Just a few months later, Lenny and his family had to be evacuated from their home for several weeks during the 2019/2020 bushfires. Throughout the ordeal, the family couldn’t find their beloved cat, Monty, and Lenny spent the days worrying about Monty’s whereabouts and the safety of their house.
Lenny’s dad Adam, a volunteer for the Rural Fire Service, was, like so many others, away from home for a large portion of this time. This only added to Lenny’s distress as he worried about his dad.
It’s around this time that Lenny’s difficulties at home and school began.
Lenny’s parents and teacher noticed that the slightest trigger would cause him to meltdown or throw a tantrum. On one occasion, Lenny’s parents were called to the school when he physically lashed out at his teacher.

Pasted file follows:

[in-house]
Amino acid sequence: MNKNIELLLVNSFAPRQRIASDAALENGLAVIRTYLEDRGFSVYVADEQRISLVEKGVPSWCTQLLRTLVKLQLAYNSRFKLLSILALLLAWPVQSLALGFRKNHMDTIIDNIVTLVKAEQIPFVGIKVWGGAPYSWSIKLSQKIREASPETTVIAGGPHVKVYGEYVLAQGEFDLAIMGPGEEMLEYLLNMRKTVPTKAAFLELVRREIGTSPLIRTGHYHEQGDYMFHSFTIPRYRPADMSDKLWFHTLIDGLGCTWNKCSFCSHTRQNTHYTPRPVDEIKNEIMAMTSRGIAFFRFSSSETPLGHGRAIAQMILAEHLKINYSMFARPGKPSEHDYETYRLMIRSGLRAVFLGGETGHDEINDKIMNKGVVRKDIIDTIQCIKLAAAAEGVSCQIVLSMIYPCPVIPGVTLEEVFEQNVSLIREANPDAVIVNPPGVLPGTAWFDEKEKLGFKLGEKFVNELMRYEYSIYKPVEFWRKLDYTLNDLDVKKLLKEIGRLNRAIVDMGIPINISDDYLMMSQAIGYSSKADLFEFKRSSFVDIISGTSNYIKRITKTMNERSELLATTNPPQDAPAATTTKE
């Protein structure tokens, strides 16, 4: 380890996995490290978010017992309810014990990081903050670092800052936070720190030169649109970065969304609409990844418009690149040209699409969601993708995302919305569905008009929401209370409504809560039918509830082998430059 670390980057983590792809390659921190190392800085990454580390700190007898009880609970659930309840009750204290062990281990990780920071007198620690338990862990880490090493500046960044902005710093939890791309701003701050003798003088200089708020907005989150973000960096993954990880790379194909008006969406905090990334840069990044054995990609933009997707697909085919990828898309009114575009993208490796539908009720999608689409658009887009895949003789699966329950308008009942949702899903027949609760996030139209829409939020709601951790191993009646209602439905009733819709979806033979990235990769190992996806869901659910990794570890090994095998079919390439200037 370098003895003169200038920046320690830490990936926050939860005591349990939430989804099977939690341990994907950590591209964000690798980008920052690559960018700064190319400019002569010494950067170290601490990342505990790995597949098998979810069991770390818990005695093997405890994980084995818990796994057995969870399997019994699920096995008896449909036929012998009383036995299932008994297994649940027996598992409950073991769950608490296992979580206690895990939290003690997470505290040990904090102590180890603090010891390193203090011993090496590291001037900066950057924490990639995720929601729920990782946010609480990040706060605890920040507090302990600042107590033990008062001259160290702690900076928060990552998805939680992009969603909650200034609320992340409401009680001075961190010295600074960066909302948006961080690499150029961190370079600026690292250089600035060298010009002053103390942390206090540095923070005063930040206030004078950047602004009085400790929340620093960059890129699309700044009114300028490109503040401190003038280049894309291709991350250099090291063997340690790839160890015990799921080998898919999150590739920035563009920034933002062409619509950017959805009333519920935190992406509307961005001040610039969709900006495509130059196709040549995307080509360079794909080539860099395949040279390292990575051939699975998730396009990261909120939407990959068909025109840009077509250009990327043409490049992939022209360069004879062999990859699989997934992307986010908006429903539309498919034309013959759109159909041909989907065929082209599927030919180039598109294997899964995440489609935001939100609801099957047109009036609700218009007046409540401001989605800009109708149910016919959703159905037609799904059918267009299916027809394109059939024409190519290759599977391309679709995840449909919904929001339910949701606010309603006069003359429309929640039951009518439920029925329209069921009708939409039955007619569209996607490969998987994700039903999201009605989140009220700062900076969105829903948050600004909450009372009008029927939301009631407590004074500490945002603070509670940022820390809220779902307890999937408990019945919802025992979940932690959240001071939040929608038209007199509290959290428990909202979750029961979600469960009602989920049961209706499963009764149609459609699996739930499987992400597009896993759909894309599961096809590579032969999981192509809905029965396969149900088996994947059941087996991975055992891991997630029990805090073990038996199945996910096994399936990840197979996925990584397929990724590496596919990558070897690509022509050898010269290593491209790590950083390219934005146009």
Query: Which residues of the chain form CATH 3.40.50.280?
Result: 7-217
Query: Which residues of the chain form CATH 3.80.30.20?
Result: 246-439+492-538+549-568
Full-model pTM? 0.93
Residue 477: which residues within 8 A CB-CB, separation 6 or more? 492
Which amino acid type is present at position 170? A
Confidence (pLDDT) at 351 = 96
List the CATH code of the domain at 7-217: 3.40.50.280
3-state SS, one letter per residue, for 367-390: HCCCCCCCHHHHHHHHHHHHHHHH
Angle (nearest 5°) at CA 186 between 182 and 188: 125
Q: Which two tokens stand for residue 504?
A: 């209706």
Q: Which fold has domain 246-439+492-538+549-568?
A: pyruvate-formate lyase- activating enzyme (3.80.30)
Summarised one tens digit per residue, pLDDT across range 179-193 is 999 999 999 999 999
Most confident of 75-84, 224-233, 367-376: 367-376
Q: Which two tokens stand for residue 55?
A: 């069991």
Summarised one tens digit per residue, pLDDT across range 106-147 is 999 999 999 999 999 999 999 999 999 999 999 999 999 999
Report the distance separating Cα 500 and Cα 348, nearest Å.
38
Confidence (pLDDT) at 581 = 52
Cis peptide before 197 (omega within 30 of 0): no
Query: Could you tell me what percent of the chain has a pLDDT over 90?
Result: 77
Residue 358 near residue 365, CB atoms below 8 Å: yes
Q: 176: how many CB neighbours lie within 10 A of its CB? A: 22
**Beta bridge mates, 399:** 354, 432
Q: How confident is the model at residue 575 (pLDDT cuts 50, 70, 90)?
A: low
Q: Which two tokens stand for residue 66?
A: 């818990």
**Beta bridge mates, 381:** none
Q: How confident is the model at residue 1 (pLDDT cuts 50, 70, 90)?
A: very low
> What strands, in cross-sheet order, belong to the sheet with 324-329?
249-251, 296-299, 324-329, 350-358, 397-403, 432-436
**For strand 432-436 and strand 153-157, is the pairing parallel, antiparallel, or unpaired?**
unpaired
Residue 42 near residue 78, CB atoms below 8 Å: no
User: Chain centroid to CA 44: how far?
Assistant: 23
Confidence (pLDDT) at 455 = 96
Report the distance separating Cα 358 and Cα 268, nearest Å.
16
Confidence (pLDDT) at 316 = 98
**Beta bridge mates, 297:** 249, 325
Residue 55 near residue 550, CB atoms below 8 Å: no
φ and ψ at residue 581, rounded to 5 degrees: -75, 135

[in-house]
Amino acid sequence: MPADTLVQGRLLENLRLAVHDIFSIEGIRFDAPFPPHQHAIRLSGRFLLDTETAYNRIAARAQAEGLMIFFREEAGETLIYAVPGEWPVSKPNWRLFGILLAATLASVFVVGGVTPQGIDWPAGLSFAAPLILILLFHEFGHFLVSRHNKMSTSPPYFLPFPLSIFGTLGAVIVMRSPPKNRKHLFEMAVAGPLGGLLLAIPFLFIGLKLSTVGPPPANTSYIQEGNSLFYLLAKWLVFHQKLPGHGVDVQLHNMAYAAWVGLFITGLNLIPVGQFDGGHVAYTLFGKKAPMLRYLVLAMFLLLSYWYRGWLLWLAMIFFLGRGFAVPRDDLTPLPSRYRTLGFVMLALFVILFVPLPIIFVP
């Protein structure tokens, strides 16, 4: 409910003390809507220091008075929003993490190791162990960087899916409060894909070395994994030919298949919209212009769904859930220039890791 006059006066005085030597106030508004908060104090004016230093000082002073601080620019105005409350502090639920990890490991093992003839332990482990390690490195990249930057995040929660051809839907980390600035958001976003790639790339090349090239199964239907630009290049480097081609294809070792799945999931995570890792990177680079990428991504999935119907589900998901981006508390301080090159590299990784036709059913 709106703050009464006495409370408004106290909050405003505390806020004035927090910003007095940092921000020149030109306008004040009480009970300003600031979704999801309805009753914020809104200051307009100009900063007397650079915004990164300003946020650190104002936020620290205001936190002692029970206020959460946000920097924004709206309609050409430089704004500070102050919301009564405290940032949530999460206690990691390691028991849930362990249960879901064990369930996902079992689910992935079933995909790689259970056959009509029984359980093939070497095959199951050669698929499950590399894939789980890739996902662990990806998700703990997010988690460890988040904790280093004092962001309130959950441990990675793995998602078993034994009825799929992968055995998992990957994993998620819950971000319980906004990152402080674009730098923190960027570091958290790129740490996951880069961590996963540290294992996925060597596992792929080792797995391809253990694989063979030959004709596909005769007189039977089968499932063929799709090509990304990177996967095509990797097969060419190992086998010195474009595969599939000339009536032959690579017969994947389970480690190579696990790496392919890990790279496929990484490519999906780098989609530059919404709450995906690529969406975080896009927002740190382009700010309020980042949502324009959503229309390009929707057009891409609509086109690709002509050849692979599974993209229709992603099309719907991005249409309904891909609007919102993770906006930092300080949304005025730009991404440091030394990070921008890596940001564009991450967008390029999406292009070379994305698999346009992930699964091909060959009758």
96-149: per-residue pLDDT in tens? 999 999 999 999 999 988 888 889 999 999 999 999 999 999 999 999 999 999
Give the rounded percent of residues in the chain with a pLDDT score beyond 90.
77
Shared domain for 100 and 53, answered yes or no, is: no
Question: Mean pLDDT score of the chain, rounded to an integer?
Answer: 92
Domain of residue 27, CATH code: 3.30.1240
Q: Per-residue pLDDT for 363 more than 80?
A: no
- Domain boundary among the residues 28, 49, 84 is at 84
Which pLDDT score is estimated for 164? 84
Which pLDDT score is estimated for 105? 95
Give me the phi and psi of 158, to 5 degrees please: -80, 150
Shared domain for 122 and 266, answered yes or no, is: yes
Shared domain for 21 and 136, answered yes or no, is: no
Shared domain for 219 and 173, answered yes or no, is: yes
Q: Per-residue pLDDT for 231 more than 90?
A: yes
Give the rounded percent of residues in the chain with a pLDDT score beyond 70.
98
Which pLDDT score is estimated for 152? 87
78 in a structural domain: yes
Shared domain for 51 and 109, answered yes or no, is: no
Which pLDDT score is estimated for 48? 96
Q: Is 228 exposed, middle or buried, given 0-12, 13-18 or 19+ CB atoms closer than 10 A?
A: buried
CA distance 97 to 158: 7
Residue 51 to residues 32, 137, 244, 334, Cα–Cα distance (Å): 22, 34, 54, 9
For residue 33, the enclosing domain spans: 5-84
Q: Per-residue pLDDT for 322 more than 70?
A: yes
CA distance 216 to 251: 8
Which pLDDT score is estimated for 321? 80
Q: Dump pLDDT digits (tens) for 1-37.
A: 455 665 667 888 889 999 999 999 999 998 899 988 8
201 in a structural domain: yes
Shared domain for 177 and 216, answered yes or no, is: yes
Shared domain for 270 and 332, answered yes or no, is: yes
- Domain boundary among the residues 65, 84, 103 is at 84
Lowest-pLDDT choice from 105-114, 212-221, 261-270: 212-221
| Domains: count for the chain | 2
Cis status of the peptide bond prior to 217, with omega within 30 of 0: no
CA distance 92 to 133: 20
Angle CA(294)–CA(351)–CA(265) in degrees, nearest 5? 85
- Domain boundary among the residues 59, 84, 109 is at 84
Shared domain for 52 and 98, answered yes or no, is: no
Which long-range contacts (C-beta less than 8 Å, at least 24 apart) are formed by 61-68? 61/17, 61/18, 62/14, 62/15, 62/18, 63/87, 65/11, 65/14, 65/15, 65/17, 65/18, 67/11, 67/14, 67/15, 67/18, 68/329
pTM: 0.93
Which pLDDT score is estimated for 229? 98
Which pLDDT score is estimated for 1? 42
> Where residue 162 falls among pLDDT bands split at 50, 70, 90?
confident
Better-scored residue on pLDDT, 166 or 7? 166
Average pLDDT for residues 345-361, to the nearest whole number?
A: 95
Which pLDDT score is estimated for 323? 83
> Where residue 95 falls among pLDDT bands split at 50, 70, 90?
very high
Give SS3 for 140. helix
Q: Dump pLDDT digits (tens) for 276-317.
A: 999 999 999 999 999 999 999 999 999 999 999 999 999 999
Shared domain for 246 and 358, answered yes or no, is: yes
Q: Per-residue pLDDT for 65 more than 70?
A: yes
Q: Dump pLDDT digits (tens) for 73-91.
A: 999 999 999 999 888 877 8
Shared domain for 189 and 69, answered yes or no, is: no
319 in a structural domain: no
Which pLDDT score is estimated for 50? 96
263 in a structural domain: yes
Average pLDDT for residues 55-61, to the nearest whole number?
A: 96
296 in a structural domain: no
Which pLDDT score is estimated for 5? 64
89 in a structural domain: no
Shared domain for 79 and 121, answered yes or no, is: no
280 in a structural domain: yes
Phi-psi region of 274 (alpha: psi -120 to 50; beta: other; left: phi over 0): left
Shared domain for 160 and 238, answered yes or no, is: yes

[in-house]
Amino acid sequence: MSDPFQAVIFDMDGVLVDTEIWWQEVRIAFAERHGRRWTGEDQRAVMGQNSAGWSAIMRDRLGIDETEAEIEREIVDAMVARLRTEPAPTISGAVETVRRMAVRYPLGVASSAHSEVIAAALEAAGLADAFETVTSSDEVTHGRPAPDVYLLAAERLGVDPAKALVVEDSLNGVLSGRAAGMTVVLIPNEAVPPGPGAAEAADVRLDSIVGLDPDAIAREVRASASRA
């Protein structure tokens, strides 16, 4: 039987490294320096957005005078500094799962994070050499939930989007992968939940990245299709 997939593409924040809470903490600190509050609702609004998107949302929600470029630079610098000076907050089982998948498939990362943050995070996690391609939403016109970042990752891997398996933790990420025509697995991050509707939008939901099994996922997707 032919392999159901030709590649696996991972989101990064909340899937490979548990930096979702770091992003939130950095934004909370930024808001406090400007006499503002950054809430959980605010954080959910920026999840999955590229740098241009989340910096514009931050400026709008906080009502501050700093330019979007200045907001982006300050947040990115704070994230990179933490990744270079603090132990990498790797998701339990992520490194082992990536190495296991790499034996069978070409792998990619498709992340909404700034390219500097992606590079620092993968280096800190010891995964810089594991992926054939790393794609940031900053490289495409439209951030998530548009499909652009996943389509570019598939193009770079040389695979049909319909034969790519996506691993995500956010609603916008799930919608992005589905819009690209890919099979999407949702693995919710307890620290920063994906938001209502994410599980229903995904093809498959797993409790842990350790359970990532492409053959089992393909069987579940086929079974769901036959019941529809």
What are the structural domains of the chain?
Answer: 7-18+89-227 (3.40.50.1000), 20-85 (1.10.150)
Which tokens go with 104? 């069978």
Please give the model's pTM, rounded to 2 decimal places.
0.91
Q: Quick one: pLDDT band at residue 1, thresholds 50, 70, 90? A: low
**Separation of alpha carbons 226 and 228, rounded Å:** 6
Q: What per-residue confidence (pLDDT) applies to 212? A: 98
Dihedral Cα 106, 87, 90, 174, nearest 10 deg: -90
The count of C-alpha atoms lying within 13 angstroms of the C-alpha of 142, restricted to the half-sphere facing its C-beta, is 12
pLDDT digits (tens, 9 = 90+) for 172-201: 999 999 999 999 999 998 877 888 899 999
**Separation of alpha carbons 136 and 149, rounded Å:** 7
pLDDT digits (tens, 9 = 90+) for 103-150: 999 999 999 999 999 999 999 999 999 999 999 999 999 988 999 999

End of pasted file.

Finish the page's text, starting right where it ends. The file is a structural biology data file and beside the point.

There seemed to be no clear trigger for the outbursts, and eventually they became so bad, Lenny struggled to participate in class and engage with friends. Lenny also became teary at bedtime and suffered from nightmares.
Adam recalls, “We assumed the nightmares and tantrums were temporary after the fires and everything he’d been through. But they didn’t seem to go away, in fact they were just getting worse. We were frustrated, not knowing what to do, not knowing how to help.”
Christine took Lenny to go see the GP, who suggested he would need a referral for a child psychologist, but warned with no services available locally, they would likely be waiting months.